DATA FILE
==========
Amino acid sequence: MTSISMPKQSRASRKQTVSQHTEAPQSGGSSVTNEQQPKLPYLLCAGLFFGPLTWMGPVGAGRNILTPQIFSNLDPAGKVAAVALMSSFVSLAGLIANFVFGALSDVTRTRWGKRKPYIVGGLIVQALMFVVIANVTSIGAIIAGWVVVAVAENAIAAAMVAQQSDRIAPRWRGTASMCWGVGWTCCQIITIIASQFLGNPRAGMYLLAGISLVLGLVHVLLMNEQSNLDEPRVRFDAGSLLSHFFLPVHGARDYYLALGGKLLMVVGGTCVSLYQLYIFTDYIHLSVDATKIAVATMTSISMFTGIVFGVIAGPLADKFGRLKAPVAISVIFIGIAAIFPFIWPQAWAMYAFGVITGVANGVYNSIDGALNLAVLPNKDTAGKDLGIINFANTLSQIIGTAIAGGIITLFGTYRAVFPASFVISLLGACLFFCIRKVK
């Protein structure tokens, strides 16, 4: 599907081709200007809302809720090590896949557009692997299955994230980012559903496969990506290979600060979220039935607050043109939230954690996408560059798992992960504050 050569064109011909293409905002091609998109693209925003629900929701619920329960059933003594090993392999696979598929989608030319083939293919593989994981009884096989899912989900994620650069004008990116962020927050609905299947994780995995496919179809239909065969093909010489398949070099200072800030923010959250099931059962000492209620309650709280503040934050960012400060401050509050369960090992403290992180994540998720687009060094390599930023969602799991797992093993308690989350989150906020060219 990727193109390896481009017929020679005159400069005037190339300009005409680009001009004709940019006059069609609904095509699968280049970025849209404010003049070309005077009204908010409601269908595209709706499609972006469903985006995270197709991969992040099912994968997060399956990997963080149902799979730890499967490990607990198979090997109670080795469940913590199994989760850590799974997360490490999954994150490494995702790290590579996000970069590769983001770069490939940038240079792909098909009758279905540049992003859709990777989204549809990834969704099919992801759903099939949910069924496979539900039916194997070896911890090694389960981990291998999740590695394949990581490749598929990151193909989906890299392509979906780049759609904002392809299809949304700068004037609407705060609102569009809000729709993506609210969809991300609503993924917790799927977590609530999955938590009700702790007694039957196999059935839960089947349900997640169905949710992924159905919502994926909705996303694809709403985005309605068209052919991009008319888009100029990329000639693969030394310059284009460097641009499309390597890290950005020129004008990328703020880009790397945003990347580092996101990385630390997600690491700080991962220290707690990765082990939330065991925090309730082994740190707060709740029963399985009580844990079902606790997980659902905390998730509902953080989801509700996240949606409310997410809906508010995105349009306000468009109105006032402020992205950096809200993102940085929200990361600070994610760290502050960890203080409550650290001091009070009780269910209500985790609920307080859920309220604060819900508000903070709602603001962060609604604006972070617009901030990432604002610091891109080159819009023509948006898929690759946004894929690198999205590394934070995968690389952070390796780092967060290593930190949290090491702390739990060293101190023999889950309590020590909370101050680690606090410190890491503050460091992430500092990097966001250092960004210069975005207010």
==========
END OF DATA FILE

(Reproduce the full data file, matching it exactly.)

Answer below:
Amino acid sequence: MTSISMPKQSRASRKQTVSQHTEAPQSGGSSVTNEQQPKLPYLLCAGLFFGPLTWMGPVGAGRNILTPQIFSNLDPAGKVAAVALMSSFVSLAGLIANFVFGALSDVTRTRWGKRKPYIVGGLIVQALMFVVIANVTSIGAIIAGWVVVAVAENAIAAAMVAQQSDRIAPRWRGTASMCWGVGWTCCQIITIIASQFLGNPRAGMYLLAGISLVLGLVHVLLMNEQSNLDEPRVRFDAGSLLSHFFLPVHGARDYYLALGGKLLMVVGGTCVSLYQLYIFTDYIHLSVDATKIAVATMTSISMFTGIVFGVIAGPLADKFGRLKAPVAISVIFIGIAAIFPFIWPQAWAMYAFGVITGVANGVYNSIDGALNLAVLPNKDTAGKDLGIINFANTLSQIIGTAIAGGIITLFGTYRAVFPASFVISLLGACLFFCIRKVK
């Protein structure tokens, strides 16, 4: 599907081709200007809302809720090590896949557009692997299955994230980012559903496969990506290979600060979220039935607050043109939230954690996408560059798992992960504050 050569064109011909293409905002091609998109693209925003629900929701619920329960059933003594090993392999696979598929989608030319083939293919593989994981009884096989899912989900994620650069004008990116962020927050609905299947994780995995496919179809239909065969093909010489398949070099200072800030923010959250099931059962000492209620309650709280503040934050960012400060401050509050369960090992403290992180994540998720687009060094390599930023969602799991797992093993308690989350989150906020060219 990727193109390896481009017929020679005159400069005037190339300009005409680009001009004709940019006059069609609904095509699968280049970025849209404010003049070309005077009204908010409601269908595209709706499609972006469903985006995270197709991969992040099912994968997060399956990997963080149902799979730890499967490990607990198979090997109670080795469940913590199994989760850590799974997360490490999954994150490494995702790290590579996000970069590769983001770069490939940038240079792909098909009758279905540049992003859709990777989204549809990834969704099919992801759903099939949910069924496979539900039916194997070896911890090694389960981990291998999740590695394949990581490749598929990151193909989906890299392509979906780049759609904002392809299809949304700068004037609407705060609102569009809000729709993506609210969809991300609503993924917790799927977590609530999955938590009700702790007694039957196999059935839960089947349900997640169905949710992924159905919502994926909705996303694809709403985005309605068209052919991009008319888009100029990329000639693969030394310059284009460097641009499309390597890290950005020129004008990328703020880009790397945003990347580092996101990385630390997600690491700080991962220290707690990765082990939330065991925090309730082994740190707060709740029963399985009580844990079902606790997980659902905390998730509902953080989801509700996240949606409310997410809906508010995105349009306000468009109105006032402020992205950096809200993102940085929200990361600070994610760290502050960890203080409550650290001091009070009780269910209500985790609920307080859920309220604060819900508000903070709602603001962060609604604006972070617009901030990432604002610091891109080159819009023509948006898929690759946004894929690198999205590394934070995968690389952070390796780092967060290593930190949290090491702390739990060293101190023999889950309590020590909370101050680690606090410190890491503050460091992430500092990097966001250092960004210069975005207010």